When to VisitMost people prefer to visit Canada when temperatures are pleasant and the nation moves outside again. Summer varies across the vast subcontinent. While it lasts from late May to early September in southern Canada, in the harsher northern areas it can start as late as mid-June and stop abruptly with the first snowfalls in mid-September. Many tourists are unaware that the weather around summer is also pleasant - March to May, and September to October are also enjoyable, and there are fewer tourists to pack the attractions. Fall is the perfect time to visit forested areas, which transform into kaleidoscopes of color.
Canada's National ParksA visit to Canada is incomplete without a visit to at least a few of the country's National Parks. They are truly among the world’s finest. Originally created to preserve the environment, the parks now also exist to serve visitors, who arrive daily to relax. These wild places exist in every territory and province and vary from mountains to grassy plains, damp arboreal forests to frozen tundra, lakes to glaciers, and much more.
Canadian National Parks exist along the Atlantic, Pacific and Arctic coasts, and across the vast interior of mountains, plains, and lakes. Their magnificent scenery and natural surroundings provide a wonderful retreat and cause us to remember how precious our environment is. The same parks also preserve the records of our human ancestors who went before us, from early aboriginal life through European settlement to present times.
Visitors to the Parks are actively encouraged to experience them first hand, as they paddle canoes down rivers flowing through mighty canyons, walk along trails through mighty forests, and ascend mighty mountains. The rules are simple – respect nature, your own abilities, and do not take risks with your life, your health, or your safety.
More great Things to Do in CanadaCanada's great cities all offer much of interest to the traveler. Not to be missed are Vancouver, Ottawa, Toronto, Montreal, and Quebec City. Following are a few of Canada's great natural attractions.
Niagara FallsAt the extreme southern end of the Province of Ontario, the waters of Lake Erie plummet sixty meters into Lake Ontario below. The Niagara Falls are among the biggest and most beautiful on this earth. First discovered by a Jesuit missionary in 1678 who followed the rushing sound upstream, Niagara Falls attracts around twelve million visitors each year.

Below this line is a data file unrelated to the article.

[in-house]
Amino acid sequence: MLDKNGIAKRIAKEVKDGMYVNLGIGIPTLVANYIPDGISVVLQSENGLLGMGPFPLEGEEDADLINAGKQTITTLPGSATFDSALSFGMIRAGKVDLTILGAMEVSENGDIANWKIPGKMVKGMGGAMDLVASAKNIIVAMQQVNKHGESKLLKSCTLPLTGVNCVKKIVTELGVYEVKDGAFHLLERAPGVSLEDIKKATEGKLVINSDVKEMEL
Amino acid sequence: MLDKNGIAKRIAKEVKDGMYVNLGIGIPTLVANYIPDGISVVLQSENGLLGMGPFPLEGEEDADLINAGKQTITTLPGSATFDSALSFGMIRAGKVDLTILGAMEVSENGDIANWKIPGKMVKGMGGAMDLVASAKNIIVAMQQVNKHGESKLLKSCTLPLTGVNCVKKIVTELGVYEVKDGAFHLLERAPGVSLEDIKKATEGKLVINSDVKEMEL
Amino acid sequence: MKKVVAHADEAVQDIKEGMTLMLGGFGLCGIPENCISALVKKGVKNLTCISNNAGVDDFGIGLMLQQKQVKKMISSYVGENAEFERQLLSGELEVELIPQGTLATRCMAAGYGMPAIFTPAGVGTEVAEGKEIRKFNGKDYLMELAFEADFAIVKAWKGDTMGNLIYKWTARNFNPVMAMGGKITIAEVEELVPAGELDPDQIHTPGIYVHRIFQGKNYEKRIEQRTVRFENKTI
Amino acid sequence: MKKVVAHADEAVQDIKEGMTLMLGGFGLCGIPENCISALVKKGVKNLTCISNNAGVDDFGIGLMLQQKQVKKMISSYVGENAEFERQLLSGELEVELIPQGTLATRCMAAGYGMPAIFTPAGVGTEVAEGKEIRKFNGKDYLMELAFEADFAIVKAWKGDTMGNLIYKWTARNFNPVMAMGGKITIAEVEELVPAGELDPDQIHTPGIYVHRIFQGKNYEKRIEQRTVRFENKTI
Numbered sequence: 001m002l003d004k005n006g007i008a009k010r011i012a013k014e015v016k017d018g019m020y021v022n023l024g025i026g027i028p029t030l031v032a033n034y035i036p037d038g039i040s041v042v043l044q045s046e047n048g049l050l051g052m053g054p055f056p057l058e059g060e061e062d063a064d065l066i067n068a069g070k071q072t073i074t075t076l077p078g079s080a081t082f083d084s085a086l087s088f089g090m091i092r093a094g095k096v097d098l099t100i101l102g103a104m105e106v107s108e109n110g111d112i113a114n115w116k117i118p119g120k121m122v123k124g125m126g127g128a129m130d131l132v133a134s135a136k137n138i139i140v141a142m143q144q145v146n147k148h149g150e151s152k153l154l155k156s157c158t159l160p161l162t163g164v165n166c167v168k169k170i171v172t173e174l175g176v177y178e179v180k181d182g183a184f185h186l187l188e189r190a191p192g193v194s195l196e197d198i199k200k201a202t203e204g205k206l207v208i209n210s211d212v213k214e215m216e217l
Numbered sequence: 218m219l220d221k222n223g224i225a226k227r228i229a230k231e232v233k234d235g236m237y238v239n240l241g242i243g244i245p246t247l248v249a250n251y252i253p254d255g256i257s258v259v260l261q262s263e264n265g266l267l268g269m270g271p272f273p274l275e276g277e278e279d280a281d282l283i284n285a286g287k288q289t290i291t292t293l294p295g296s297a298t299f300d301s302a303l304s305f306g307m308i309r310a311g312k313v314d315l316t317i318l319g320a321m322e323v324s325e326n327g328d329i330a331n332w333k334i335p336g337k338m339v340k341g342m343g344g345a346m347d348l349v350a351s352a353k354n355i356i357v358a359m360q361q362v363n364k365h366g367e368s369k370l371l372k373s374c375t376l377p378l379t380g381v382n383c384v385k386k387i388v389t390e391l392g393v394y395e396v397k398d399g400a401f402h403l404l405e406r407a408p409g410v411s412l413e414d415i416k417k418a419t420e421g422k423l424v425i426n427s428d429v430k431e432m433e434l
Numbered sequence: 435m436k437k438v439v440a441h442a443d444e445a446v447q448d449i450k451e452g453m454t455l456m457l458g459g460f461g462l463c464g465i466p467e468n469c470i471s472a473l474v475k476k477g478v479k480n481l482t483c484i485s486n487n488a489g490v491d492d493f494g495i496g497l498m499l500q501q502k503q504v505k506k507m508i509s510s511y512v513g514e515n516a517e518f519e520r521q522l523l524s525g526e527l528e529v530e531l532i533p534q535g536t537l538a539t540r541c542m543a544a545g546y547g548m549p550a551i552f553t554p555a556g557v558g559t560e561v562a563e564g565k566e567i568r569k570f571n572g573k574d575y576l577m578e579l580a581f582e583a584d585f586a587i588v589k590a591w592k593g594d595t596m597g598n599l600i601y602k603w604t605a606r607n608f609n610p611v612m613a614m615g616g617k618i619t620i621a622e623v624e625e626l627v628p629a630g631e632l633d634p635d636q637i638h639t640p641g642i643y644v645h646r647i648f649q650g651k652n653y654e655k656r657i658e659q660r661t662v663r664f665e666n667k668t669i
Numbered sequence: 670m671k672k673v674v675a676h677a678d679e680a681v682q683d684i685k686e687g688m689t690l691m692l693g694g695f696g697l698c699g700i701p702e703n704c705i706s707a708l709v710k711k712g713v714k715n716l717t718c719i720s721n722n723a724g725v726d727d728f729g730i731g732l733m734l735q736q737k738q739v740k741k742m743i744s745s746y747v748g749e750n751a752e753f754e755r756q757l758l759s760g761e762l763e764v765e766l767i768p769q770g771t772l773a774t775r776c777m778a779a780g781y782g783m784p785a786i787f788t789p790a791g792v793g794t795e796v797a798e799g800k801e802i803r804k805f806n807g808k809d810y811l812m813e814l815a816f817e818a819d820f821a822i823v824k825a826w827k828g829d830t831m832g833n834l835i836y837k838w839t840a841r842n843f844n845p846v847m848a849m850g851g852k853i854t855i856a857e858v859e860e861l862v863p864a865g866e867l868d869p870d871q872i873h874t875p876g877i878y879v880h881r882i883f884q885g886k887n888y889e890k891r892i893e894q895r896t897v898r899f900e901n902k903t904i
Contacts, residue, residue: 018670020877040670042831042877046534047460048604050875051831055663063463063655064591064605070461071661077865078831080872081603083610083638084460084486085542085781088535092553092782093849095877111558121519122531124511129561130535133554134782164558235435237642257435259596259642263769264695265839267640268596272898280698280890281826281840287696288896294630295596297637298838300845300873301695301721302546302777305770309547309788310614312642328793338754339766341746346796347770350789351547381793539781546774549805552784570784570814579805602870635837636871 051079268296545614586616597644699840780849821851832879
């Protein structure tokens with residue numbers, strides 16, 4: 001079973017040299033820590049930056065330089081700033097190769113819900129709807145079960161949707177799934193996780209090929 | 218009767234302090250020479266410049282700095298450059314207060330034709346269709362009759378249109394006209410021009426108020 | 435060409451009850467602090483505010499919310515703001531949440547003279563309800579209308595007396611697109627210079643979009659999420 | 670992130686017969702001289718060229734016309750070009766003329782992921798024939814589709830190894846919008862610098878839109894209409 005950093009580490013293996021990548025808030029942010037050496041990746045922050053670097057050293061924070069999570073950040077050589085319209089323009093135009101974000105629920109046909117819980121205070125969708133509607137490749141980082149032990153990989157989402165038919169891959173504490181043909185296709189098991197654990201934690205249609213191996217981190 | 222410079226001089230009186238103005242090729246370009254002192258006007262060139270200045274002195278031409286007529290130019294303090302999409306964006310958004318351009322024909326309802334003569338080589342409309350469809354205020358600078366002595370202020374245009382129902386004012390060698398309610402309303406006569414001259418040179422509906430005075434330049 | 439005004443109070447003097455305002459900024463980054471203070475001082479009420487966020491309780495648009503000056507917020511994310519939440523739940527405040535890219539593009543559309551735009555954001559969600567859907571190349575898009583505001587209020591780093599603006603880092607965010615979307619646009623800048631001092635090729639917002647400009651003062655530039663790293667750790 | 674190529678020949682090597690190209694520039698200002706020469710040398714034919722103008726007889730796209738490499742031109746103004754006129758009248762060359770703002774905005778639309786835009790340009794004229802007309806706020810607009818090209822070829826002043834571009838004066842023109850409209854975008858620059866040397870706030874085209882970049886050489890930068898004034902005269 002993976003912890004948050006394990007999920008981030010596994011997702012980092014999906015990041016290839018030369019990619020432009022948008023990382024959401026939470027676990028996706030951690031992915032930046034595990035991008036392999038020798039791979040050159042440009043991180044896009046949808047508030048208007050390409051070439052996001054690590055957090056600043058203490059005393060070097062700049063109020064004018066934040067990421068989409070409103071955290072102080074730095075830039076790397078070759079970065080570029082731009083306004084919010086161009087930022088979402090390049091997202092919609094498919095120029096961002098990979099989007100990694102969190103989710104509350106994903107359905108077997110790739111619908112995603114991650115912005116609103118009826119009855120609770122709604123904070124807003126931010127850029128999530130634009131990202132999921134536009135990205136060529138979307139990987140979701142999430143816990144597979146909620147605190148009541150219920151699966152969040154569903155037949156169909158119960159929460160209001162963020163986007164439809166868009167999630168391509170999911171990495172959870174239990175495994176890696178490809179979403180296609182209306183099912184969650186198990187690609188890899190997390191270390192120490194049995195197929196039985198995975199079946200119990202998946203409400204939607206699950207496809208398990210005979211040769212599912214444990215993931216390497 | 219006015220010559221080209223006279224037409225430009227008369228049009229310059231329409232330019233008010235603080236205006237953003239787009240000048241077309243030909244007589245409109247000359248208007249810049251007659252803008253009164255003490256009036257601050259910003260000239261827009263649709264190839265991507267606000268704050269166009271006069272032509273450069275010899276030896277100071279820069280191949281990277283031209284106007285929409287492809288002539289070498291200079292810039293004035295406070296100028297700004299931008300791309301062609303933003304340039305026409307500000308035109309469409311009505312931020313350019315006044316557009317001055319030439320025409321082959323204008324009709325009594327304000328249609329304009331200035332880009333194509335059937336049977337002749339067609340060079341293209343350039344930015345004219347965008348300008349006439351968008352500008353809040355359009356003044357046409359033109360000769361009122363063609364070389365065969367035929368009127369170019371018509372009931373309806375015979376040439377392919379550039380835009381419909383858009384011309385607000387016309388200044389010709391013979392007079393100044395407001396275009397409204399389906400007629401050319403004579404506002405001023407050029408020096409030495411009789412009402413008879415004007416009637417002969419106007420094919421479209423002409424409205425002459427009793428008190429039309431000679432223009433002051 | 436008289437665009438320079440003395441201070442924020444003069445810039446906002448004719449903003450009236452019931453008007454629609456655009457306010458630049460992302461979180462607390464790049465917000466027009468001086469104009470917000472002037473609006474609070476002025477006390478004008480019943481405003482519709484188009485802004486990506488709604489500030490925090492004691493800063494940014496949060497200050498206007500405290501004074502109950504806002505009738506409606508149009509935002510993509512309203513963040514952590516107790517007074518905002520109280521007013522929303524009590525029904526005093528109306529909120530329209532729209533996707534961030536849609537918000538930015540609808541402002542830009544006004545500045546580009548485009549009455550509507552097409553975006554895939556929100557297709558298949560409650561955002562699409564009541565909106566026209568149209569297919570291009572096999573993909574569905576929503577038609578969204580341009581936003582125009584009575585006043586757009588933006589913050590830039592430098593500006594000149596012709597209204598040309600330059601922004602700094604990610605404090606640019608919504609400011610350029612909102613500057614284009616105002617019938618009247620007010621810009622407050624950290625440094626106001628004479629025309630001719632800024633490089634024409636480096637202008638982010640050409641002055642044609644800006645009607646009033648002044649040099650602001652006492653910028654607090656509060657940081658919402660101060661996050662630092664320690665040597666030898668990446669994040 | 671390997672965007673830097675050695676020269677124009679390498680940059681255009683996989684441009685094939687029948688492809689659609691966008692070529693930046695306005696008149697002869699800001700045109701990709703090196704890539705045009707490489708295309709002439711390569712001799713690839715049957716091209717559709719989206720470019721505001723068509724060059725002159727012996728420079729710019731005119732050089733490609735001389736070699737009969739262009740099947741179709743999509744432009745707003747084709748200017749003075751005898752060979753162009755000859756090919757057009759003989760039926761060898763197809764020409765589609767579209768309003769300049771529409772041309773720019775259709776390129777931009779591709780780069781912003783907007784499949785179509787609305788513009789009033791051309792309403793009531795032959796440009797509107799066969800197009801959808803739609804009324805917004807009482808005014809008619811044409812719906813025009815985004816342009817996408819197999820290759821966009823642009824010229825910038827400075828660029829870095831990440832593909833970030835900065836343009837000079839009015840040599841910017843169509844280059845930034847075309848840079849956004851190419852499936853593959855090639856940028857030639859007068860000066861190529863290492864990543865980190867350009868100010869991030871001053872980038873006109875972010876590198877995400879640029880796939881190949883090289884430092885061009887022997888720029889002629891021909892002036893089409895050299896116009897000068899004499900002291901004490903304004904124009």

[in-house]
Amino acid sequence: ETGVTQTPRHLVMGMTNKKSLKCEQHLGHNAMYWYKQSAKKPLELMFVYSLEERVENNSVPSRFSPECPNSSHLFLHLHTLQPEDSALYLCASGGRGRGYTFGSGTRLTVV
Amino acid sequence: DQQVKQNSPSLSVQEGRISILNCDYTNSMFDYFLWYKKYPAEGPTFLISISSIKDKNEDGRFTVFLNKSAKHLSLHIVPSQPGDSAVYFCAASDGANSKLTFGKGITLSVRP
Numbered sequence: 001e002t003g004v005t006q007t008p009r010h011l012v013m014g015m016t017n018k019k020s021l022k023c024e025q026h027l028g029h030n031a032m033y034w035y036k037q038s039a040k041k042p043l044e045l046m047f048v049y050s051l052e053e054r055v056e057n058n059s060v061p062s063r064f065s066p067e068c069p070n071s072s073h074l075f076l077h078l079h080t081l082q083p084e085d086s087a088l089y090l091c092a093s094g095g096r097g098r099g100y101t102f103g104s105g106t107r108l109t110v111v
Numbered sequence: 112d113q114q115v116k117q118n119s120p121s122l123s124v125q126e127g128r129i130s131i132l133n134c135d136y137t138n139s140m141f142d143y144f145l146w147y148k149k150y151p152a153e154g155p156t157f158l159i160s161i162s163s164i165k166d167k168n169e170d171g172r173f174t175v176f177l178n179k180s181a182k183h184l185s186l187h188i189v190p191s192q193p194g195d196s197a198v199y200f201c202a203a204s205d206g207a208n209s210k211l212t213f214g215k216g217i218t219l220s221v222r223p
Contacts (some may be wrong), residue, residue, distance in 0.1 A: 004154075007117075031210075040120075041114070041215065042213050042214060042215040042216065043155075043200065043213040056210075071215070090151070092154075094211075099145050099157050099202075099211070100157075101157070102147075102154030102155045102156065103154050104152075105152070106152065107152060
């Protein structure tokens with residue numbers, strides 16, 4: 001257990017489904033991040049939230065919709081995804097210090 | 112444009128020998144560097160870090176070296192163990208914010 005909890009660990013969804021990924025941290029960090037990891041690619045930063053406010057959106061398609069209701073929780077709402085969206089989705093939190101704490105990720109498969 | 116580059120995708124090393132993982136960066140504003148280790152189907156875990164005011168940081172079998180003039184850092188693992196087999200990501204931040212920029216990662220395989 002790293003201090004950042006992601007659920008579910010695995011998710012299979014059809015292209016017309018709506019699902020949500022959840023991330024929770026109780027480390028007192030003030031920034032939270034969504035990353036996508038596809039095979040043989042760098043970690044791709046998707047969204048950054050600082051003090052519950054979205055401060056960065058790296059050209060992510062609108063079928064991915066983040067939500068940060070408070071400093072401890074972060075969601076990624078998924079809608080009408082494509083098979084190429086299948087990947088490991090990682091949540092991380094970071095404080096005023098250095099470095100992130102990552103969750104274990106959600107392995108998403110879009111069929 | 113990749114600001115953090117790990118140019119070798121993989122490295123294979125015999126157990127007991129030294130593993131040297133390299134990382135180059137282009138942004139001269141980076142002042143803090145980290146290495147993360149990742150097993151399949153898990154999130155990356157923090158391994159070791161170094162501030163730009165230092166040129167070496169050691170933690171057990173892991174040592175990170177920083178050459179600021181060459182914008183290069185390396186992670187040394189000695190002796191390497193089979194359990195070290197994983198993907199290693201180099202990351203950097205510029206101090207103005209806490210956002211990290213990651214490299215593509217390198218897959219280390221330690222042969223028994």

St John's, NewfoundlandSt John's, which is arguably the oldest settler town in North America, sits spectacularly above a fine natural harbor entered by a two hundred meter wide passage between tall cliffs. Historical square, flat-roofed, multicolor wooden houses dating from Victorian times squat on steep rocky slopes – sadly just a few of the older ones survived the fires of the eighteenth and nineteenth centuries.
Banff National ParkBanff National Park is in a region of the glaciated Rocky Mountain ridge around one hundred and thirty five miles from Calgary. It adjoins its sister Jasper National Park across the Icefields Parkway and sits next Yoho and Kootenay National Parks along its western border. The four neighboring parks have been a UNESCO World Heritage Site since the 1984 and attract millions of visitors every year. They come to marvel at the snow-covered peaks that reflect in turquoise lakes, glaciers and mountain forests, and gushing waterfalls and grassy mountain meadows.
Whistler Ski ResortAt the foot of the Whistler and Black Comb Mountains lies Whistler Ski Resort, one of the largest winter sport resorts in North America. Two cable cars and more than twenty five chair and t-bar lifts whisk visitors up the snowy massifs, from whence they can choose a variety of adrenalin pumping rides back home – the longest piste drops 1,600 meters. Snowmobile trips, heli-skiing, and ski marathons are popular among adventurers. Other local activities include tennis, golf, and riding, as well as white-water rafting and backpacking.
Where to Stay when Visiting CanadaWhen you choose an accommodation in a huge country like Canada, it is safest to rely on star ratings awarded by provincial tourist authorities, unless you are following personal recommendations. You will find a full range of options available to suit every pocket, ranging from fine city hotels to resorts to B&Bs to simple log cabins set deep in forests. My advice is to stay away from the chain hotels unless on business, because they are the same wherever you go. Why not go for something different and receive a friendly local welcome that reflects the essence of the place you are visiting.
Canada is a tremendous tourist destination that offers a great deal to suit every desire and budget. The hardest thing after saving up the money is deciding where to go and how long to stay at each destination.